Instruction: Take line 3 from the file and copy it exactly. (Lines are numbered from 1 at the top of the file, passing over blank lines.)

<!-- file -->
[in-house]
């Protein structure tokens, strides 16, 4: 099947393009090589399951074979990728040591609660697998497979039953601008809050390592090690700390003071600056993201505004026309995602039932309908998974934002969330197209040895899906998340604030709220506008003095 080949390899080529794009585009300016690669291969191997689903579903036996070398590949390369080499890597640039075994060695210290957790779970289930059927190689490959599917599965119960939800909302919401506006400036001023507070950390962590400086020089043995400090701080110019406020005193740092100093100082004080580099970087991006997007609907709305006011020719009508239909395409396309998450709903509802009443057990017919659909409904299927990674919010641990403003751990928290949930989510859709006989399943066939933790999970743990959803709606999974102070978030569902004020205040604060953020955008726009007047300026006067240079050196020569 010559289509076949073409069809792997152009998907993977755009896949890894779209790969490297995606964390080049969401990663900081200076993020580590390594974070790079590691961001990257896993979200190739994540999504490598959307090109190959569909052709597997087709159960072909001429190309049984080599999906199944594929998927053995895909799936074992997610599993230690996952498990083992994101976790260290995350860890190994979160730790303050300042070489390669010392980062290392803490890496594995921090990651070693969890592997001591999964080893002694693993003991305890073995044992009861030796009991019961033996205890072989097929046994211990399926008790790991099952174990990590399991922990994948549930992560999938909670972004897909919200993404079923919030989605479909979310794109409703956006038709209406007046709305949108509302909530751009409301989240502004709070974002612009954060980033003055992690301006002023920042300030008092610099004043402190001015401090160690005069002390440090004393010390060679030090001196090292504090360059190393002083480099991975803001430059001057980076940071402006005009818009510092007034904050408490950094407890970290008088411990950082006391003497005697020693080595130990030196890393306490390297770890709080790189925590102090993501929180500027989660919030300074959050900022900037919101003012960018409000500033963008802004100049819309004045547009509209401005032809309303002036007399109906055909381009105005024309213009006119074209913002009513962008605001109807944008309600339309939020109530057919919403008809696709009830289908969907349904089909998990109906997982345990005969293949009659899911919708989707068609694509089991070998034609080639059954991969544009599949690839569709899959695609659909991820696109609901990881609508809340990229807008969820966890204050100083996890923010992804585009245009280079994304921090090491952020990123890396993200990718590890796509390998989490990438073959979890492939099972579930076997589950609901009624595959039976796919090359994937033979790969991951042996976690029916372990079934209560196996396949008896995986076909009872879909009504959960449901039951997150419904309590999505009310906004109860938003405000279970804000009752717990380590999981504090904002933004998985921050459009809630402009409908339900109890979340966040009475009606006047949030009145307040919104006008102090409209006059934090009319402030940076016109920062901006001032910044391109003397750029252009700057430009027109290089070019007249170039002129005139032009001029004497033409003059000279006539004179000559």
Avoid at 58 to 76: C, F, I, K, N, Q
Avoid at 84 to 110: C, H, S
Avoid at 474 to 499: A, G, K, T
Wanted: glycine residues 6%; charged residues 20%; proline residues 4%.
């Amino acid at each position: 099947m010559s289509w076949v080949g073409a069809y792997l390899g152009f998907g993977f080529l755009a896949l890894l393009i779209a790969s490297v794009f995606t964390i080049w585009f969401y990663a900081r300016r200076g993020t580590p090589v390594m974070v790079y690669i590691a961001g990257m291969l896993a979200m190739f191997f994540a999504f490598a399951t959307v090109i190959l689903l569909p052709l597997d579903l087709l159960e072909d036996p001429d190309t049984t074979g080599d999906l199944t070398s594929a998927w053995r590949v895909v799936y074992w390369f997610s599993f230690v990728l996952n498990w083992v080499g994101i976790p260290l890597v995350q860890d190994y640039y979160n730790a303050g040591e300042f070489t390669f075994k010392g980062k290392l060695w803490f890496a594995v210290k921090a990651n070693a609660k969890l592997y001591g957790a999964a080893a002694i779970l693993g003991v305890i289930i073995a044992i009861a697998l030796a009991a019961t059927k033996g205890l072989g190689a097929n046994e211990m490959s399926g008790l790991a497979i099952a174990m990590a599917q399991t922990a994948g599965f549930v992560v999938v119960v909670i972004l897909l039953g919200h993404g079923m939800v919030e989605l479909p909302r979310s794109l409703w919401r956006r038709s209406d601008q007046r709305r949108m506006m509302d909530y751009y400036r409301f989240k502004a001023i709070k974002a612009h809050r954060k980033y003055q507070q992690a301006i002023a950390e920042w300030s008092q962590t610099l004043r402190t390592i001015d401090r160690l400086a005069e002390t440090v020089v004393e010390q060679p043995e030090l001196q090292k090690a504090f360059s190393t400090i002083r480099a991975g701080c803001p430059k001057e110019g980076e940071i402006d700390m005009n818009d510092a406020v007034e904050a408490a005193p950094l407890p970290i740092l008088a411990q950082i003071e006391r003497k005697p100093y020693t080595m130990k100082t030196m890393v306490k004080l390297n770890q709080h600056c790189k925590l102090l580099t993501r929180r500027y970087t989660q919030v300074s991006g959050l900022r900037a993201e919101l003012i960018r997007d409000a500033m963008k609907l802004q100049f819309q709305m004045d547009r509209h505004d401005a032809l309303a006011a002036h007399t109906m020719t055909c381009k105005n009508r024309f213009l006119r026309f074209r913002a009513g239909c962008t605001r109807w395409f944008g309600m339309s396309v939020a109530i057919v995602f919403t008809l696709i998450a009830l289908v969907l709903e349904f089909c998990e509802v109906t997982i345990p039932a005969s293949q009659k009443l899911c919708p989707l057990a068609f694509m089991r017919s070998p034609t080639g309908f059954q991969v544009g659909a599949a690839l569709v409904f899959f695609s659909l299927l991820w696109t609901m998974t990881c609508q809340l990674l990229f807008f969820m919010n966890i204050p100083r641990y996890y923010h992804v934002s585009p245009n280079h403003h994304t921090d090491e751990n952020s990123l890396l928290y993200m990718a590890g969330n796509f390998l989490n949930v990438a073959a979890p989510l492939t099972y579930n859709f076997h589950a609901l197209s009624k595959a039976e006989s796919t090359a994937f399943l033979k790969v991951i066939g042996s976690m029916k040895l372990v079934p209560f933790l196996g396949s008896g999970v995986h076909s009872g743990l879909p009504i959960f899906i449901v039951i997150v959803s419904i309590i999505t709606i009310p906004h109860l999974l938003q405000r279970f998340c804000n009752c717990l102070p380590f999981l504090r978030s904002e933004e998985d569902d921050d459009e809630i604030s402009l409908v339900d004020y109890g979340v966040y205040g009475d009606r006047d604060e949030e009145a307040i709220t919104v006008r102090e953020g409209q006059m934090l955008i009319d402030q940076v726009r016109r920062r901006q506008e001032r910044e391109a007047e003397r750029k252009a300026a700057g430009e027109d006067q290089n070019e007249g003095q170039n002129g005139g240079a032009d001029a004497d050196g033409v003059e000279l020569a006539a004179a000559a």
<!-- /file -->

Avoid at 58 to 76: C, F, I, K, N, Q